The focal questions about war
In dealing from both theoretical and practical points of view about war, at least six fundamental questions arise: 1) What is war?; 2) What types of war exist?; 3) Why do wars occur?; 4) What is the connection between war and justice?; 5) The question of war crimes?; and 6) Is it possible to replace war with the so-called “perpetual peace”?
Probably, up to today, the most used and reliable understanding of war is its short but powerful definition by Carl von Clausewitz:
“War is merely the continuation of politics by other means” [On War, 1832].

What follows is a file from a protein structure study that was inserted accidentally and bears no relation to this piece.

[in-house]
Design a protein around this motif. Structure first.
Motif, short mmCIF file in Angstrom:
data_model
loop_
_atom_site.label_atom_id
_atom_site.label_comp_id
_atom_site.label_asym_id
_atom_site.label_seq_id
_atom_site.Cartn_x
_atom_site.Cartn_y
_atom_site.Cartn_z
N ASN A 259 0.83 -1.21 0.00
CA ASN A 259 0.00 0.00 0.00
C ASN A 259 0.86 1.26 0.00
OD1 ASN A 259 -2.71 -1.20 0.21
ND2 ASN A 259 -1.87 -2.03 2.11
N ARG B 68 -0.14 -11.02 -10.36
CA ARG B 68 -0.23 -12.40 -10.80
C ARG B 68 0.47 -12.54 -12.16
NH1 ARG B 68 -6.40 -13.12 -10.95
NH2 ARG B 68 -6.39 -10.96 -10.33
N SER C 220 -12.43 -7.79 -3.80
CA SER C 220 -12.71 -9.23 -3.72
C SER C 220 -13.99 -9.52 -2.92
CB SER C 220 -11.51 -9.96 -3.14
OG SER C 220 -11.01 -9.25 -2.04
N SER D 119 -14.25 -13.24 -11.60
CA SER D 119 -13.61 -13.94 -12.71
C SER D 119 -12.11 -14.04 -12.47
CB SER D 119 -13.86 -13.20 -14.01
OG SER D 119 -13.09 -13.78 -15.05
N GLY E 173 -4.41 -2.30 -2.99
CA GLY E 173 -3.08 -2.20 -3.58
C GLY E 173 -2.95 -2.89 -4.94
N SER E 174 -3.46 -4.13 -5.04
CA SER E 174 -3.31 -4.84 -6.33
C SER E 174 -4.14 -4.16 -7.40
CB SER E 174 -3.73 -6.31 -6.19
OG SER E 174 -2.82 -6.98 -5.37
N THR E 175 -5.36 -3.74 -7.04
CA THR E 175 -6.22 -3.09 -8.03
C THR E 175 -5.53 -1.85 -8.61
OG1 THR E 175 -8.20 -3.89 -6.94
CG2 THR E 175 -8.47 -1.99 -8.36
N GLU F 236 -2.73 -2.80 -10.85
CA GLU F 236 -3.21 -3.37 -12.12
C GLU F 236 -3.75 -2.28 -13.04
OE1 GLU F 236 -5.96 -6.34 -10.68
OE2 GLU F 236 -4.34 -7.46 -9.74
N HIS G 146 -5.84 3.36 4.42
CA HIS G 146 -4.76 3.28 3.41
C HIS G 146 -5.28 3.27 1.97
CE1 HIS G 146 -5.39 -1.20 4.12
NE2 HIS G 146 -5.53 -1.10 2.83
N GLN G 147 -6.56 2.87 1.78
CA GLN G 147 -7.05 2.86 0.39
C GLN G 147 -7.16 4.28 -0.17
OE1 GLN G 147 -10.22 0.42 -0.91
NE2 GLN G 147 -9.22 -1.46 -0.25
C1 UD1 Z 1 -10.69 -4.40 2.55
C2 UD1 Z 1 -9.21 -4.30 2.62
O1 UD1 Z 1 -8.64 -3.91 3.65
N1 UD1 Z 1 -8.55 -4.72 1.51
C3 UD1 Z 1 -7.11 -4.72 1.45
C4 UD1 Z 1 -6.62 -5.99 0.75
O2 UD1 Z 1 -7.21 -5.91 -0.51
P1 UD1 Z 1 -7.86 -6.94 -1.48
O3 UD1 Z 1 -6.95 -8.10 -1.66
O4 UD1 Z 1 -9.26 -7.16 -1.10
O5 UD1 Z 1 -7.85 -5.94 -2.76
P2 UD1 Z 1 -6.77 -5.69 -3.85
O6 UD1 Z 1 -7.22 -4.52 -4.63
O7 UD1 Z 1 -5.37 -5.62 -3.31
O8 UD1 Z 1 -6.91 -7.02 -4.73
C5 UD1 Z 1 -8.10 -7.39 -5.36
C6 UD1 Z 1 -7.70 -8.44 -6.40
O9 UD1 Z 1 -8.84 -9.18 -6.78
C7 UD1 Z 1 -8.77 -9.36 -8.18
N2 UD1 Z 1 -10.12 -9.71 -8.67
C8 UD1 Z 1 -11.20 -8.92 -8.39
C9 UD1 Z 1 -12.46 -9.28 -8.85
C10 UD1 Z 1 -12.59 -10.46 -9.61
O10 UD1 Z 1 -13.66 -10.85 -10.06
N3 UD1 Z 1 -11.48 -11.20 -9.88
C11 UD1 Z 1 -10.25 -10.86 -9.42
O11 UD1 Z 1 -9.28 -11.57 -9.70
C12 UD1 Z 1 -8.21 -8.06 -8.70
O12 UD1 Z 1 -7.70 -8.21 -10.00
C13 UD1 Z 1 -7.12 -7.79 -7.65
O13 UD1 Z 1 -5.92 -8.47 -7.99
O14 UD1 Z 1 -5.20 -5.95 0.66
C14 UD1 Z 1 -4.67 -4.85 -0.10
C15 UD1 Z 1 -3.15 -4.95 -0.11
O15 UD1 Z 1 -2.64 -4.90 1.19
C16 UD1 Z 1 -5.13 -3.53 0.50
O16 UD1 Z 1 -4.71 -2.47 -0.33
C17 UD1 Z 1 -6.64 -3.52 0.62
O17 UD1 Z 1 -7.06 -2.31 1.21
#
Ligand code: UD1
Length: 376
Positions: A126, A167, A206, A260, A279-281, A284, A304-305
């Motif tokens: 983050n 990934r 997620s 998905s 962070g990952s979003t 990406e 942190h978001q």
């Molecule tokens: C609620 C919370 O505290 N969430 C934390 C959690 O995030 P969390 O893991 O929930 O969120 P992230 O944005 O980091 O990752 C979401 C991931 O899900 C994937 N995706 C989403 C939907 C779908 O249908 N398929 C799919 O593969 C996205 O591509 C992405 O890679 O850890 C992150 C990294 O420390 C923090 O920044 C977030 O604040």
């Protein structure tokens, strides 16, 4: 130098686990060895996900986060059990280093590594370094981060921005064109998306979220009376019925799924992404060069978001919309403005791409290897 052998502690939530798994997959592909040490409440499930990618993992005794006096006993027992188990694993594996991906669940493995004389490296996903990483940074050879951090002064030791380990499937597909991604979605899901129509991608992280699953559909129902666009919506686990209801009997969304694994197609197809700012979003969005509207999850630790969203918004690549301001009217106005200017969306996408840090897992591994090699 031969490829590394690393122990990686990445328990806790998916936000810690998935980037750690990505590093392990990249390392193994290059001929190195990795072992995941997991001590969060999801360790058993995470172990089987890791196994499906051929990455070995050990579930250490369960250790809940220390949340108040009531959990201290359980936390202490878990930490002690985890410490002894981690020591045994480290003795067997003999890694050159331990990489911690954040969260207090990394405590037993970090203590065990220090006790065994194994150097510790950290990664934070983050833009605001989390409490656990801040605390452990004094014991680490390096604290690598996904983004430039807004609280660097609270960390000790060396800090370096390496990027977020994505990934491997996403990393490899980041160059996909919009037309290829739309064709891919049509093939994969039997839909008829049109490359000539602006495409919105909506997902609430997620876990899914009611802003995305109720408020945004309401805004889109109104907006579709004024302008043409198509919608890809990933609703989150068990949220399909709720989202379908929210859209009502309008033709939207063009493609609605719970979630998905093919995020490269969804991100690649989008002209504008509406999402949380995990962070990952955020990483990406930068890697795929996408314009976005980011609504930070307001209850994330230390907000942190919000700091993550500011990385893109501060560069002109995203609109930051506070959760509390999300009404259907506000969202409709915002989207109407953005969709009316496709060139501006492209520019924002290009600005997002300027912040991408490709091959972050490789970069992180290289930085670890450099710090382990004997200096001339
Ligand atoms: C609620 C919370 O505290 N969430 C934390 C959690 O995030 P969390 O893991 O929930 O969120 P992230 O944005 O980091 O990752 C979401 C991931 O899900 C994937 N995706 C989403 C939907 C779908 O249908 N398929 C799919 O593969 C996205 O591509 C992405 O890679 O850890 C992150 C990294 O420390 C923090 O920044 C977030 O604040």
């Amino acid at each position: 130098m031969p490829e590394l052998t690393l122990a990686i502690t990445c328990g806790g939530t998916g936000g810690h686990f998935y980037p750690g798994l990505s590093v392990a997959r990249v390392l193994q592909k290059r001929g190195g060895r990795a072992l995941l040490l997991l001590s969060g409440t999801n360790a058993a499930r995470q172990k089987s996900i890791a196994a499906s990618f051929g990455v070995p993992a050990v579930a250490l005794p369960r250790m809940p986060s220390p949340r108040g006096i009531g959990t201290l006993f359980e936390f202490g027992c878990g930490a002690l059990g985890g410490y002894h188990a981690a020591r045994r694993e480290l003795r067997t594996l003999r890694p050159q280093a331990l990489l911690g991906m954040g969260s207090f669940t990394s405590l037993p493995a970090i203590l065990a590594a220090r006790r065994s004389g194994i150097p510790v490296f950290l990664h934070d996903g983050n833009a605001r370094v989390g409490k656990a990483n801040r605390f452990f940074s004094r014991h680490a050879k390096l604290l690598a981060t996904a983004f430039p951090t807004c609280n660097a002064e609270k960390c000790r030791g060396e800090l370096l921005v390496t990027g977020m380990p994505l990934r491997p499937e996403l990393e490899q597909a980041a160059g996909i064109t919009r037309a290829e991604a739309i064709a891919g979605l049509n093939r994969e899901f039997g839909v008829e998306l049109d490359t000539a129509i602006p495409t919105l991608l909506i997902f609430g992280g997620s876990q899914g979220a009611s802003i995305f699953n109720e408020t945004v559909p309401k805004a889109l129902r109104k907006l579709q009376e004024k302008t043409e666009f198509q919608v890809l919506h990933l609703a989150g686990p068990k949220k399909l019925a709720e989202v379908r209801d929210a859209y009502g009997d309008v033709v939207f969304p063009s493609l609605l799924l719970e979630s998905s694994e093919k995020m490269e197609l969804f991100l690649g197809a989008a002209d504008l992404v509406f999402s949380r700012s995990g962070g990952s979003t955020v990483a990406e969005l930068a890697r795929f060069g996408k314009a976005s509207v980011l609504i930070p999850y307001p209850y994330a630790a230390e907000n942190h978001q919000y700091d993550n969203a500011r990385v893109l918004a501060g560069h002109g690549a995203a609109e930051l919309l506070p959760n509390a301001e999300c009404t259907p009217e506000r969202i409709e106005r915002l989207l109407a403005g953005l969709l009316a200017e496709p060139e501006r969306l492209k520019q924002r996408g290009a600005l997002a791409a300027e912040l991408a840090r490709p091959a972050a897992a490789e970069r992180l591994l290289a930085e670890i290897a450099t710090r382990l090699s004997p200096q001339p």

It can be considered the terrifying consequences if in the practice Clausewitz’s word “merely” from a simple phrase about the war would be applied in the post-WWII nuclear era and the Cold War (for instance, the Cuban missile crisis in 1962).
Nevertheless, he became one of the most important influencers on Realism in international relations (IR). To remind ourselves, Realism in political science is a theory of IR that accepts war as a very normal and natural part of the relationships between states (and after WWII of other political actors as well) in global politics. Realists are kin to stress that wars and all other kinds of military conflicts are not just natural (meaning normal) but even inevitable. Therefore, all theories which do not accept the inevitability of war and military conflicts (for instance, Feminism) are, in fact, unrealistic.
The art of war as an extension of politics